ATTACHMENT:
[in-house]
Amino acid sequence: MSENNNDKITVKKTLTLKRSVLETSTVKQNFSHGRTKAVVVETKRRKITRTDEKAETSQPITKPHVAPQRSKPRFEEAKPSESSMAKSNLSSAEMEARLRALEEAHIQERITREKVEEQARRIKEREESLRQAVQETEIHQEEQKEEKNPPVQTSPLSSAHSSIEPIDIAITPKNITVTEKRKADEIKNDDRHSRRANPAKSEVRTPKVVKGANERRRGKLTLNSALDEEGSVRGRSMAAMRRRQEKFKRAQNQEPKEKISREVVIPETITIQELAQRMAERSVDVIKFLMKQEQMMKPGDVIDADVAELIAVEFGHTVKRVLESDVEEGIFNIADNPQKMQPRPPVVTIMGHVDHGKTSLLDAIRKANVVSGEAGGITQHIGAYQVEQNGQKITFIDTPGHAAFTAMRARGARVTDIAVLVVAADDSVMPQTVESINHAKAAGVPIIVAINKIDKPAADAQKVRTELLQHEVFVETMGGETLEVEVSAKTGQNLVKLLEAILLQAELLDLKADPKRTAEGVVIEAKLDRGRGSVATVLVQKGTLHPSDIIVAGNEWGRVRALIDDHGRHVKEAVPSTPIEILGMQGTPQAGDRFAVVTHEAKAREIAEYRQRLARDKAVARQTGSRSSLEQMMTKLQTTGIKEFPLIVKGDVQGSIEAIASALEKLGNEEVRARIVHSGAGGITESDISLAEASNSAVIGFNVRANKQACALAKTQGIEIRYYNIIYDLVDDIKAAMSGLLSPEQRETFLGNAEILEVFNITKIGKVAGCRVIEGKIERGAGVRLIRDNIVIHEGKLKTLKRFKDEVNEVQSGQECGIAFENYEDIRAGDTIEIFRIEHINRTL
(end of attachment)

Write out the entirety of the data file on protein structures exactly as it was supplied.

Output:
[in-house]
Amino acid sequence: MSENNNDKITVKKTLTLKRSVLETSTVKQNFSHGRTKAVVVETKRRKITRTDEKAETSQPITKPHVAPQRSKPRFEEAKPSESSMAKSNLSSAEMEARLRALEEAHIQERITREKVEEQARRIKEREESLRQAVQETEIHQEEQKEEKNPPVQTSPLSSAHSSIEPIDIAITPKNITVTEKRKADEIKNDDRHSRRANPAKSEVRTPKVVKGANERRRGKLTLNSALDEEGSVRGRSMAAMRRRQEKFKRAQNQEPKEKISREVVIPETITIQELAQRMAERSVDVIKFLMKQEQMMKPGDVIDADVAELIAVEFGHTVKRVLESDVEEGIFNIADNPQKMQPRPPVVTIMGHVDHGKTSLLDAIRKANVVSGEAGGITQHIGAYQVEQNGQKITFIDTPGHAAFTAMRARGARVTDIAVLVVAADDSVMPQTVESINHAKAAGVPIIVAINKIDKPAADAQKVRTELLQHEVFVETMGGETLEVEVSAKTGQNLVKLLEAILLQAELLDLKADPKRTAEGVVIEAKLDRGRGSVATVLVQKGTLHPSDIIVAGNEWGRVRALIDDHGRHVKEAVPSTPIEILGMQGTPQAGDRFAVVTHEAKAREIAEYRQRLARDKAVARQTGSRSSLEQMMTKLQTTGIKEFPLIVKGDVQGSIEAIASALEKLGNEEVRARIVHSGAGGITESDISLAEASNSAVIGFNVRANKQACALAKTQGIEIRYYNIIYDLVDDIKAAMSGLLSPEQRETFLGNAEILEVFNITKIGKVAGCRVIEGKIERGAGVRLIRDNIVIHEGKLKTLKRFKDEVNEVQSGQECGIAFENYEDIRAGDTIEIFRIEHINRTL